But Madame Ewans could not help returning again and again to stand before the booth of a hypnotist from Paris, a clairvoyante boasting a certificate signed by the Minster of Agriculture and Commerce and by three Doctors of the Faculty. She gazed enviously at the servant-girls as they trooped up blushing into the van meagrely furnished with a bed and a couple of chairs; but she could not pluck up courage to follow their example.

    She recalled to mind how a hypnotist had once helped a friend of hers to recover some stolen forks and spoons. She had even gone so far as to consult a fortune-teller shortly before Edgar's birth, and the cards had foretold a boy.

    All three were tired out and overloaded with crockery, glass, reed-pipes, sticks of sugar-candy, cakes of ginger-bread and macaroons. For all that, they paid a visit to the wax-works, where they saw Monseigneur Sibour's body lying in state at the Archbishop's Palace, the execution of Mary Queen of Scots, models of people's legs and arms disfigured by various hideous diseases, and a Circassian maiden stepping out of the bath--"the purest type of female beauty," as a placard duly informed the public. Madame Ewans examined this last exhibit with a curiosity that very soon became critical.

    "People may say what they please," she muttered; "if you offered me the whole world, _I_ wouldn't have such big feet and such a thick waist. And then, your regular features aren't one bit attractive. Men like a face that says something."

    When they left the tent, the sun was low and the dust hovered in golden clouds over the throng of women, working-men, and soldiers.

    It was time for dinner; but as they passed the monkey-cage, Madame Ewans noticed such a crush of eager spectators squeezing in between the baize curtains on the platform in front that she could not resist the temptation to follow suit. Besides which, she was drawn by a motive of curiosity, having been told that monkeys were not insensible to female charms. But the performance diverted her thoughts in another direction. She saw an unhappy poodle in red breeches shot as a deserter in spite of his honest looks. Tears rose to her eyes, she was so sensitive, so susceptible to the glamour of the stage!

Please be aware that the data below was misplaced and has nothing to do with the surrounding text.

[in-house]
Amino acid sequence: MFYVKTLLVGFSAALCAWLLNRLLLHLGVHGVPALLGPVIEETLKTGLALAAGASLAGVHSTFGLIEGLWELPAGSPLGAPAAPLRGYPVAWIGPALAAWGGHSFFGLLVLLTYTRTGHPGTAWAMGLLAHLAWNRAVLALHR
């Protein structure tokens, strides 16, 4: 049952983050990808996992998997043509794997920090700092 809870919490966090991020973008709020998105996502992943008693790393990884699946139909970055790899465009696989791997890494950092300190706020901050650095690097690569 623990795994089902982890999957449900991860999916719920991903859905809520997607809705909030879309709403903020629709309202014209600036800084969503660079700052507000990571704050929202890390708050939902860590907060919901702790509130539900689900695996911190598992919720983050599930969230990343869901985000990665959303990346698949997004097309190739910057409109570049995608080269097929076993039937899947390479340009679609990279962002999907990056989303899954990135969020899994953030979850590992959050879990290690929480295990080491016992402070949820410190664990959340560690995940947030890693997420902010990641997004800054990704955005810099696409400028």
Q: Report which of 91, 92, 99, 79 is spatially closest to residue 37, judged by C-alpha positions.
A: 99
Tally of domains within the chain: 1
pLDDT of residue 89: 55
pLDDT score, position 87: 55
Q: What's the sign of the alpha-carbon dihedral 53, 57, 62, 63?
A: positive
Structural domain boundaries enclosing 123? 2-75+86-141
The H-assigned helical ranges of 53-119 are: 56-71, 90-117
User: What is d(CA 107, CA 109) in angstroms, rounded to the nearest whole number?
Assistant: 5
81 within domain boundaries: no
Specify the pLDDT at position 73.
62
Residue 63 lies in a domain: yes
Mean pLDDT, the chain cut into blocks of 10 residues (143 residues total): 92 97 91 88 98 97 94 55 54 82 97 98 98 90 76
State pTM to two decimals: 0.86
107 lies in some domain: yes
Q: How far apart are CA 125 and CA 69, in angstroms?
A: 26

"Yes, it's quite true," she sobbed; "yes, poor soldiers have been shot before now just for going off without leave to stand by their mother's death-bed or for smacking a bullying officer's face."

    Some old refrain of Béranger she had heard working folks sing in her plebeian childhood rose to her memory and intensified her emotion. She told the children the lamentable tale of the canine deserter's pitiful doom, and made them feel quite sad.

    No sooner were they outside the place, however, than an itinerant toy-seller with a paper helmet on his head set them splitting with laughter.

    Dinner must be thought of. She knew of a tavern by the river-side where you could eat a fry of fish in the arbour, and thither they betook themselves.